Do we benefit from keeping syntax-error questions open? If not, should those be closed?

Many questions that are of the "this is not working" kind (insert language tag you want here), end up being answered by "you missed a semicolon in line 12" or "you have an extra ending curly brace after the if–else block".

These are legitimate questions, and legitimate answers, but I fail to see what would be the benefit for anybody else reading the question and then finding out that it's just a syntax error.

I know that nothing can be done before the answers show the mistake (nor do I think that anything should be done), but, once it's been answered, the asker already benefits from the answer and probably corrected the mistake.

What is the point of keeping those questions open?

  • One reason I can think of is that when another syntax error happens that is closely related to the first one, the OP can edit his/her question with the new error (adding, not overwriting) and get new answers. Commented Apr 13, 2011 at 7:54
  • @Shadow that would not work, because the question would be either 1) already marked as answered (and thus not too many people would try to answer it) or 2) the answered mark would be removed to allow new answers, which is unfair for the original answerer. In either case, all the answers to the original question would not make any sense or, at best, would not be complete in the new context, creating more confusion than knowledge.
    – Aleadam
    Commented Apr 13, 2011 at 20:47

2 Answers 2


If it's about a specific error code that can be somewhat narrowed down, it's ok-ish.

If it's about "oops, I forgot to put a semi-colon at the end of a line", then I don't see any value in it, and it should be flagged for deletion.

  • So you suggest deletion? I did not even dare to go that far! Why do you think deleting the question is a better action than just closing it?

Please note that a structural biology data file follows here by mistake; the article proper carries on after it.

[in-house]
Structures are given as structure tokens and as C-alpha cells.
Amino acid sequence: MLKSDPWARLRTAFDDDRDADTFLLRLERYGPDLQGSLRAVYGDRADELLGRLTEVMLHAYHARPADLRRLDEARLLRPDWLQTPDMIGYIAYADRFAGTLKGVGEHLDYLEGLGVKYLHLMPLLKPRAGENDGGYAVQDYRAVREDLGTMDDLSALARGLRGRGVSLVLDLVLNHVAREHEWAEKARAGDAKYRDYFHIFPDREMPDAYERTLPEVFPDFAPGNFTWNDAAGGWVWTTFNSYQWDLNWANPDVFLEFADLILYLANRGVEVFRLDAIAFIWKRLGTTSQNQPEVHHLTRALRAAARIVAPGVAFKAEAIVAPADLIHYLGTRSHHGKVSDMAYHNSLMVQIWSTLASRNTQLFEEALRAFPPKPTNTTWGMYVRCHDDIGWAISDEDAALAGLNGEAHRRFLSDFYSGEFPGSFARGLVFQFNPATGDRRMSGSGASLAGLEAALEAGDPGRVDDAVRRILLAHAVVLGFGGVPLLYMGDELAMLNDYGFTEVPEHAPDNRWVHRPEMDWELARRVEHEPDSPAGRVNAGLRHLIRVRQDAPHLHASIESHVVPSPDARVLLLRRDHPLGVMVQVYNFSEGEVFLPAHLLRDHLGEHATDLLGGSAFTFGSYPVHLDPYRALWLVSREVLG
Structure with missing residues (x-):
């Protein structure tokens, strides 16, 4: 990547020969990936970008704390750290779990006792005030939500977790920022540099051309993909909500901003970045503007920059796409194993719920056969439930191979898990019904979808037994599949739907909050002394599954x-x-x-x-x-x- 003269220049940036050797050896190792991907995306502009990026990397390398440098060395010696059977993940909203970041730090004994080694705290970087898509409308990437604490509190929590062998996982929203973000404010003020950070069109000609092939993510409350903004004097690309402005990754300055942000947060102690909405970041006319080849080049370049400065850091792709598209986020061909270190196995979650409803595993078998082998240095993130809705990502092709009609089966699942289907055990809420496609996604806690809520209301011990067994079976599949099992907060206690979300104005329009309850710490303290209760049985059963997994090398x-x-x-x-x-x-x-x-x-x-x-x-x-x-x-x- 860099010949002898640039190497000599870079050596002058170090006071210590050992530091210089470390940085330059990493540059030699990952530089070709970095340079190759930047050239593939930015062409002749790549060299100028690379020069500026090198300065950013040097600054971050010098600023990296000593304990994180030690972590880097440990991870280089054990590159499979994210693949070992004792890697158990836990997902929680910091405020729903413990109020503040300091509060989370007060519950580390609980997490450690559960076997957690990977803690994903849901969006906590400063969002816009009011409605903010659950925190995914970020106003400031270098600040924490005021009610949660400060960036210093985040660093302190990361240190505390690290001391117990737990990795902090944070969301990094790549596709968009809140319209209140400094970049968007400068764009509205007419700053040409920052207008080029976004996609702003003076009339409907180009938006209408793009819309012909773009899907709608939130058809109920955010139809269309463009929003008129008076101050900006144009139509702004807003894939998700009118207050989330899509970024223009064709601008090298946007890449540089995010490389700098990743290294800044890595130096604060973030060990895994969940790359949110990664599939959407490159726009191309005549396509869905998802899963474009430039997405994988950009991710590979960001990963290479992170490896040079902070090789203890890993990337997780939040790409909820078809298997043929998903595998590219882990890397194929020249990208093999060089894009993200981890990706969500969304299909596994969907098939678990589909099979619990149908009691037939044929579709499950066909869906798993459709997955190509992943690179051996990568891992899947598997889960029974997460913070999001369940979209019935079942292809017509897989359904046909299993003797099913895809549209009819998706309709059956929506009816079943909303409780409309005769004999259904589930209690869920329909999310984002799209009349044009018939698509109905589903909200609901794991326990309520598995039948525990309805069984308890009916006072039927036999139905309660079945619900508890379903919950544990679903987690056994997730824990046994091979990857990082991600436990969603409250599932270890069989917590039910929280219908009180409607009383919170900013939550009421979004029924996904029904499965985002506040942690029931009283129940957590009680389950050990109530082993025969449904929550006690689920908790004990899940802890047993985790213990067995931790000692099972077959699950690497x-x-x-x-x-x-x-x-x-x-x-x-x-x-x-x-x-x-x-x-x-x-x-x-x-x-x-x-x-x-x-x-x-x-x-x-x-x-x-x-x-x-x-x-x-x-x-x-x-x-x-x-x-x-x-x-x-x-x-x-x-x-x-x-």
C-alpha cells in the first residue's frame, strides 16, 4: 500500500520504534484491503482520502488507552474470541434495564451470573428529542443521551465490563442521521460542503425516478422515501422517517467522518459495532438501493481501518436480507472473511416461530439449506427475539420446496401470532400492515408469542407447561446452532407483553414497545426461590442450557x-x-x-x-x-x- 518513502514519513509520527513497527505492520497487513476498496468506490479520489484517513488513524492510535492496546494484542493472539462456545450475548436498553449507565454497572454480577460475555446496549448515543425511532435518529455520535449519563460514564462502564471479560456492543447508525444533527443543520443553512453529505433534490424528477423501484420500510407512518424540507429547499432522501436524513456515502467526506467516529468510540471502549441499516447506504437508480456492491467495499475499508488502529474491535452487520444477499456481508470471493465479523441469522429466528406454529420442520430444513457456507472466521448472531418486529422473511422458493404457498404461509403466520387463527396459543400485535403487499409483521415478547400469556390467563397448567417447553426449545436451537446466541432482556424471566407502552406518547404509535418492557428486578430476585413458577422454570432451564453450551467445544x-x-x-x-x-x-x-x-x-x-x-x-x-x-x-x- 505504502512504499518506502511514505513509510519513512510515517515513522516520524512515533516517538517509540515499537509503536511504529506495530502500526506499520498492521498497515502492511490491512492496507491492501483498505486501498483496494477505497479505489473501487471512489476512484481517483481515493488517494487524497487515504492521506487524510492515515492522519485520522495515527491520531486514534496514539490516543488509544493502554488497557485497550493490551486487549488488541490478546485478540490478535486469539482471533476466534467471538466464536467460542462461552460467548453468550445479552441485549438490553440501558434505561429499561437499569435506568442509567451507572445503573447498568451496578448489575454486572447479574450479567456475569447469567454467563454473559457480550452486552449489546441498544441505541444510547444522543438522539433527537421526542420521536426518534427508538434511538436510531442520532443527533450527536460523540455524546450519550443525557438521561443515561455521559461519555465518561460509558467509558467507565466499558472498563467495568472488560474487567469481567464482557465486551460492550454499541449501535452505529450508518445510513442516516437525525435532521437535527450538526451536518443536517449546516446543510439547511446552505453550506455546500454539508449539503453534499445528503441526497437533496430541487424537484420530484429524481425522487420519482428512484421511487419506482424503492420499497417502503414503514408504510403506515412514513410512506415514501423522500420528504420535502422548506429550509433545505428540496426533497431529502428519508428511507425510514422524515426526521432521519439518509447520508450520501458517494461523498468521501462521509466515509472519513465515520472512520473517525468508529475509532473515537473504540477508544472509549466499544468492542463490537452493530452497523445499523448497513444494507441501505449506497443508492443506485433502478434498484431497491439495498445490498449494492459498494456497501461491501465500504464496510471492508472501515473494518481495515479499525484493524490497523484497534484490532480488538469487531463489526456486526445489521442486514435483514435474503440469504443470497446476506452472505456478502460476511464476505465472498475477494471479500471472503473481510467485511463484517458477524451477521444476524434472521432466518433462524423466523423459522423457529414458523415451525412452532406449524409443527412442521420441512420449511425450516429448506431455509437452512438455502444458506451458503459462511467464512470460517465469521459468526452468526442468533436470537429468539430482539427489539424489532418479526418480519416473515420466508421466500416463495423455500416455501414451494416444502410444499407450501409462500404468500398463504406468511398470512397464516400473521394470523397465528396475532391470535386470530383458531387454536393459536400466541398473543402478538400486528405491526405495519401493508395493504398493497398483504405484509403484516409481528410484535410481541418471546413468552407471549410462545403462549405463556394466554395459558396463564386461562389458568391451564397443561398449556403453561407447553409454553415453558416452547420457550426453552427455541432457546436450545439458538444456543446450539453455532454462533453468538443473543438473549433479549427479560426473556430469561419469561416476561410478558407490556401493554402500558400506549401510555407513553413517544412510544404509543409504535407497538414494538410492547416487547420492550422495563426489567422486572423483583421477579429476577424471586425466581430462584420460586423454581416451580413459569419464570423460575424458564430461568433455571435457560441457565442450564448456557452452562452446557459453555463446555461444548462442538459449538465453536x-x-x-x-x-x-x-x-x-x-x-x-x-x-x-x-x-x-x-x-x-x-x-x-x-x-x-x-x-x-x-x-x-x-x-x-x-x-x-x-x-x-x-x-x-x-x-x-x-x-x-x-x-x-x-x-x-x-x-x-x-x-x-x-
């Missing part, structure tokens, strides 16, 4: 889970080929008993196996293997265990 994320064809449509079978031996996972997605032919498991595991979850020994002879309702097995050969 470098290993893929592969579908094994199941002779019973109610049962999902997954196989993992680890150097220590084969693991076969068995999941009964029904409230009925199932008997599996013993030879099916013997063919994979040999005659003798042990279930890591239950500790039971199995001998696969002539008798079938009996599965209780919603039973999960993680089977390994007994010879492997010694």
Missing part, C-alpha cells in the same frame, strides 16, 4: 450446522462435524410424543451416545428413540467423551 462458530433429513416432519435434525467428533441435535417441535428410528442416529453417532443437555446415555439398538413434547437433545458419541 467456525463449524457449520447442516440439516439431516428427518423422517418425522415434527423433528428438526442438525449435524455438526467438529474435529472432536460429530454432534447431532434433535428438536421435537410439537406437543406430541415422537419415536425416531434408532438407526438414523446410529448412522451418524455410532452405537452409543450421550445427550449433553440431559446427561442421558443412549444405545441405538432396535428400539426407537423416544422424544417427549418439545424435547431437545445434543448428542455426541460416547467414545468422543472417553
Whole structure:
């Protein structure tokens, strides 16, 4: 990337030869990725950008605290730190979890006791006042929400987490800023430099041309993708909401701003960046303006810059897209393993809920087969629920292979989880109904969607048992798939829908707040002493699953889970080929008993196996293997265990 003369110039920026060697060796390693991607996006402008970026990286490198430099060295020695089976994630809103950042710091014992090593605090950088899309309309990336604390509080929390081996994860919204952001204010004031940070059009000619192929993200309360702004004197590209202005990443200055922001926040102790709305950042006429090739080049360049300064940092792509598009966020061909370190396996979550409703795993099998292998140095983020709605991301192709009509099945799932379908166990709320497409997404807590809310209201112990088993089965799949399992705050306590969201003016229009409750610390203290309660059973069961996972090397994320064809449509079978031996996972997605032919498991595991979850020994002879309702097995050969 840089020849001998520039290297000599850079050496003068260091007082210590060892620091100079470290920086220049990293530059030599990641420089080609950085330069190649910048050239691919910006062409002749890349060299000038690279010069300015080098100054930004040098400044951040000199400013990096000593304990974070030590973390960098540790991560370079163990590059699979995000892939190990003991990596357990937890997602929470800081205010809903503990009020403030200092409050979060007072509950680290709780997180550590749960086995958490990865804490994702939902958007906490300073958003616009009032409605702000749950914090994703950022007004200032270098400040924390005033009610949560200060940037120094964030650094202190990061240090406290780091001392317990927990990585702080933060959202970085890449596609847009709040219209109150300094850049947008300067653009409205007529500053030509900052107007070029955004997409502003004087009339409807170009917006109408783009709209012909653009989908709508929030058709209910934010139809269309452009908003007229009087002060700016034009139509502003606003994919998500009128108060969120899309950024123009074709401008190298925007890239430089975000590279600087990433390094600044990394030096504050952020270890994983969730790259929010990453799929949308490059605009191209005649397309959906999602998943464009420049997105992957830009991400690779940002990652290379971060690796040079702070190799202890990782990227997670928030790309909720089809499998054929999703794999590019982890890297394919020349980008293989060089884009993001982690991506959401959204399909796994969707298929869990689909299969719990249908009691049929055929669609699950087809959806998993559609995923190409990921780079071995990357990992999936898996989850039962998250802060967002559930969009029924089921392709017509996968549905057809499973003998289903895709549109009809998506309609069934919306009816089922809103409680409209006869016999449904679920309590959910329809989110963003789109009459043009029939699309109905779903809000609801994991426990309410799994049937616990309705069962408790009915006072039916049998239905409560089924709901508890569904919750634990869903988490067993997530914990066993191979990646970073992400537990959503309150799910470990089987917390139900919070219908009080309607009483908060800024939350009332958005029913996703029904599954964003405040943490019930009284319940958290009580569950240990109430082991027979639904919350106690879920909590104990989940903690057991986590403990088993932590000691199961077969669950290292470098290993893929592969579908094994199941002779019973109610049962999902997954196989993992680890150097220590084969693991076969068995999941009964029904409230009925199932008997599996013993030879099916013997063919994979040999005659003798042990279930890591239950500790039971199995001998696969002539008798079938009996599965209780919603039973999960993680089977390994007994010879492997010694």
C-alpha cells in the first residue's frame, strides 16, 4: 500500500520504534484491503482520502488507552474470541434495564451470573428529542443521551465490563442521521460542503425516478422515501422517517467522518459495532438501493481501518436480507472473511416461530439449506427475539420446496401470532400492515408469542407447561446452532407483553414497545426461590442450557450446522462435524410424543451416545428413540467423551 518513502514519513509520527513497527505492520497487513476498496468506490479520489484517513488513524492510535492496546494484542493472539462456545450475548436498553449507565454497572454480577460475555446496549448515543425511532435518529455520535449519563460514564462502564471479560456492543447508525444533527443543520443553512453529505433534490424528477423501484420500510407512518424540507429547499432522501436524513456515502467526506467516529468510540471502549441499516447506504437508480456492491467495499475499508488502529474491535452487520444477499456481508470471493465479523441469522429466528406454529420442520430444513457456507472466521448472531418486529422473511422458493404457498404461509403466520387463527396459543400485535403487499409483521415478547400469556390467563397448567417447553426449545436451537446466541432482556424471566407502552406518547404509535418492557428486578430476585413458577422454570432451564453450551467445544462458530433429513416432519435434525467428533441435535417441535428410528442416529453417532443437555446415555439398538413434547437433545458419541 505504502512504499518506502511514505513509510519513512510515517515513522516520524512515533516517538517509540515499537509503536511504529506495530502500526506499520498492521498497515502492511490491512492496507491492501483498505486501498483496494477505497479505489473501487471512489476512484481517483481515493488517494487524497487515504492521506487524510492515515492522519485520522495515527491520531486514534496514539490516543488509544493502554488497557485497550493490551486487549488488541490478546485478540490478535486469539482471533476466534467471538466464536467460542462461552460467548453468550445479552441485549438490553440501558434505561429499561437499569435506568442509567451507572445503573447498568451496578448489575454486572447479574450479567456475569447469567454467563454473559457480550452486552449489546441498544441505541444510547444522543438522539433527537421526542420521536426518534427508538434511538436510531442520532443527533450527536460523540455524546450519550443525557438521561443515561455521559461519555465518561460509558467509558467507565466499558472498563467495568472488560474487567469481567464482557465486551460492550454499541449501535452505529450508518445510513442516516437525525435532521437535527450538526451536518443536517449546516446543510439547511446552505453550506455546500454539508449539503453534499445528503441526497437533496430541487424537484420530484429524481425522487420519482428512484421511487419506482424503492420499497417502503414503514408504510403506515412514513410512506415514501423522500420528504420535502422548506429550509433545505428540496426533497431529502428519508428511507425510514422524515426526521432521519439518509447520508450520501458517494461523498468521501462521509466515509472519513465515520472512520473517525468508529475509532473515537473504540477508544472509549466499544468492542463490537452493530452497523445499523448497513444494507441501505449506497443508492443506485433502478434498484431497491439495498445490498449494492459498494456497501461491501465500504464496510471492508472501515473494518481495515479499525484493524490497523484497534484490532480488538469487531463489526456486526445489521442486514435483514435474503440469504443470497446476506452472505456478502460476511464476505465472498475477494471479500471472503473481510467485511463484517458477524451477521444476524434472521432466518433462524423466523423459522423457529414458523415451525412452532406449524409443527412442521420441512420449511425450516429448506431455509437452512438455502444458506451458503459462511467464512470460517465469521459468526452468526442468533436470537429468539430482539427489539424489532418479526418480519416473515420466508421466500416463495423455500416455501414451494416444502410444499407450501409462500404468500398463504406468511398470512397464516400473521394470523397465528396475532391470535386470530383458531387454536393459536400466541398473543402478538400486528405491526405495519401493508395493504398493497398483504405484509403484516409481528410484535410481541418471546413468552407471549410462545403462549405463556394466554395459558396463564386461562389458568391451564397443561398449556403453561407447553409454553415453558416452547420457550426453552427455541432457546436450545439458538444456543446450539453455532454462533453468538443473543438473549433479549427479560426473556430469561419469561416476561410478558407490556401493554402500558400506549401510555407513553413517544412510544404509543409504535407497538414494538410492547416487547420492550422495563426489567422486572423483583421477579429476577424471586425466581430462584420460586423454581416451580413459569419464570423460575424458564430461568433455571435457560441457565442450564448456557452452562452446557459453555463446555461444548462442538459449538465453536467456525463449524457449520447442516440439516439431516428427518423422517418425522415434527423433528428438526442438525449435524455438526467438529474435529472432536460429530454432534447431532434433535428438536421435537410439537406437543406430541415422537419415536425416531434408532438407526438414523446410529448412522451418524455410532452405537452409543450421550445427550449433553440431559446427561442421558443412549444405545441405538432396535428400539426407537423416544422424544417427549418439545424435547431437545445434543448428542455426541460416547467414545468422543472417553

– Aleadam
    Commented Apr 13, 2011 at 20:49
  • @Aleadam: Apart from differently-worded duplicates, why keep a closed question around (after a grace period to allow reopening after edits or by dissenters)? If it's a good question, why not keep it open? If it's not a good question, why keep it around at all? Commented Apr 13, 2011 at 22:41
  • @gilles "It’s important to note here that closing a question is a step on the road to deletion." from early SO history books blog.stackoverflow.com/2008/12/i-move-to-close-this-question Commented Apr 13, 2011 at 23:13

I've actually noticed a pattern with certain syntax errors. People oftentimes make the same mistakes.

I've oftentimes found solutions to my problems in the most unlikely places. For instance, while searching for the solution of one problem, I've stumbled upon the answer somewhere else. For instance, I may have stumbled upon a question once where a user complained of a problem she faced while using a certain function incorrectly and getting a certain exception.

Weeks or months later, I've run into problems where previous questions or answers I've read have been a benefit to me.

In short, these questions and answers may not be helpful at the time, but everything we read and learn gets put into our toolbox and is used to solve problems that we face in the future. Run into other people dealing with semicolon problems enough and you'll likely consider this when you face problems of your own, however generic they may be.

  • 3
    Disagree. The way those "I forgot a semicolon" questions are worded make them useless for later searches, because at the time the user asks the question, they don't know what the problem is. The question titles will be something like "Why doesn't this work?"
    – Pekka
    Commented Apr 13, 2011 at 9:16
  • 1
    @Pekka yes, exactly my point. Besides, if you know the syntax of the language, and you know that there needs to be a semicolon after each command, then you don't need to read in a post that a semicolon is needed after a specific one. Of course, we all make mistakes and create bugs, but I don't see how two people may forget the same semicolon after the same command and on top of that being able to search for it and find the right post...
    – Aleadam
    Commented Apr 13, 2011 at 20:52
  • Semicolon is a lame example. I used it because everyone can understand it. Now, think about some concept you learned while working on some project that also applied to another problem you were facing. We learn by associating new concepts with things we already know and then commit them to memory.
    – jmort253
    Commented Apr 14, 2011 at 6:09

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